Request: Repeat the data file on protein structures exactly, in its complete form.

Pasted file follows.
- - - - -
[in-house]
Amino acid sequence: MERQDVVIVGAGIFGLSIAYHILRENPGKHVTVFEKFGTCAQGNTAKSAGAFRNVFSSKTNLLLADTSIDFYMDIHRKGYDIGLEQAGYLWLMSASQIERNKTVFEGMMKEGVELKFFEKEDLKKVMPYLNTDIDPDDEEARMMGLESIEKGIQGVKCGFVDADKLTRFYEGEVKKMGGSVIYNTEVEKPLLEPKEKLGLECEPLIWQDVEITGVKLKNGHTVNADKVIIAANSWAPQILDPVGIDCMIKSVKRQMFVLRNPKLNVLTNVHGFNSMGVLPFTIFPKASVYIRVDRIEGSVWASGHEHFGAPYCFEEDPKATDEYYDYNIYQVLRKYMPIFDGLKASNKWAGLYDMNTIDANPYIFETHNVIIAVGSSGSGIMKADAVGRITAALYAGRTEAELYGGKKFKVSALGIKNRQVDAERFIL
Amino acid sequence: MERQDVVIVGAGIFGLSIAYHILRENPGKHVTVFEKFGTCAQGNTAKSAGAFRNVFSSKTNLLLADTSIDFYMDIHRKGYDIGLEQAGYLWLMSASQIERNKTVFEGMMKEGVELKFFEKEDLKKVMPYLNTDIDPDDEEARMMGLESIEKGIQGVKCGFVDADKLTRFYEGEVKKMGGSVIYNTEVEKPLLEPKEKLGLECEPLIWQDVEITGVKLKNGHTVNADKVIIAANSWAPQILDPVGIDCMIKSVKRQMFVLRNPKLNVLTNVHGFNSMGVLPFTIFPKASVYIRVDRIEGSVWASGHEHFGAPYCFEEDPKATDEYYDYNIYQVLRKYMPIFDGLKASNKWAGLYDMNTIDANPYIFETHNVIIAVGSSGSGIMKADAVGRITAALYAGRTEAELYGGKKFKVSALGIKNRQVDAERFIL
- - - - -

[in-house]
Amino acid sequence: MERQDVVIVGAGIFGLSIAYHILRENPGKHVTVFEKFGTCAQGNTAKSAGAFRNVFSSKTNLLLADTSIDFYMDIHRKGYDIGLEQAGYLWLMSASQIERNKTVFEGMMKEGVELKFFEKEDLKKVMPYLNTDIDPDDEEARMMGLESIEKGIQGVKCGFVDADKLTRFYEGEVKKMGGSVIYNTEVEKPLLEPKEKLGLECEPLIWQDVEITGVKLKNGHTVNADKVIIAANSWAPQILDPVGIDCMIKSVKRQMFVLRNPKLNVLTNVHGFNSMGVLPFTIFPKASVYIRVDRIEGSVWASGHEHFGAPYCFEEDPKATDEYYDYNIYQVLRKYMPIFDGLKASNKWAGLYDMNTIDANPYIFETHNVIIAVGSSGSGIMKADAVGRITAALYAGRTEAELYGGKKFKVSALGIKNRQVDAERFIL
Amino acid sequence: MERQDVVIVGAGIFGLSIAYHILRENPGKHVTVFEKFGTCAQGNTAKSAGAFRNVFSSKTNLLLADTSIDFYMDIHRKGYDIGLEQAGYLWLMSASQIERNKTVFEGMMKEGVELKFFEKEDLKKVMPYLNTDIDPDDEEARMMGLESIEKGIQGVKCGFVDADKLTRFYEGEVKKMGGSVIYNTEVEKPLLEPKEKLGLECEPLIWQDVEITGVKLKNGHTVNADKVIIAANSWAPQILDPVGIDCMIKSVKRQMFVLRNPKLNVLTNVHGFNSMGVLPFTIFPKASVYIRVDRIEGSVWASGHEHFGAPYCFEEDPKATDEYYDYNIYQVLRKYMPIFDGLKASNKWAGLYDMNTIDANPYIFETHNVIIAVGSSGSGIMKADAVGRITAALYAGRTEAELYGGKKFKVSALGIKNRQVDAERFIL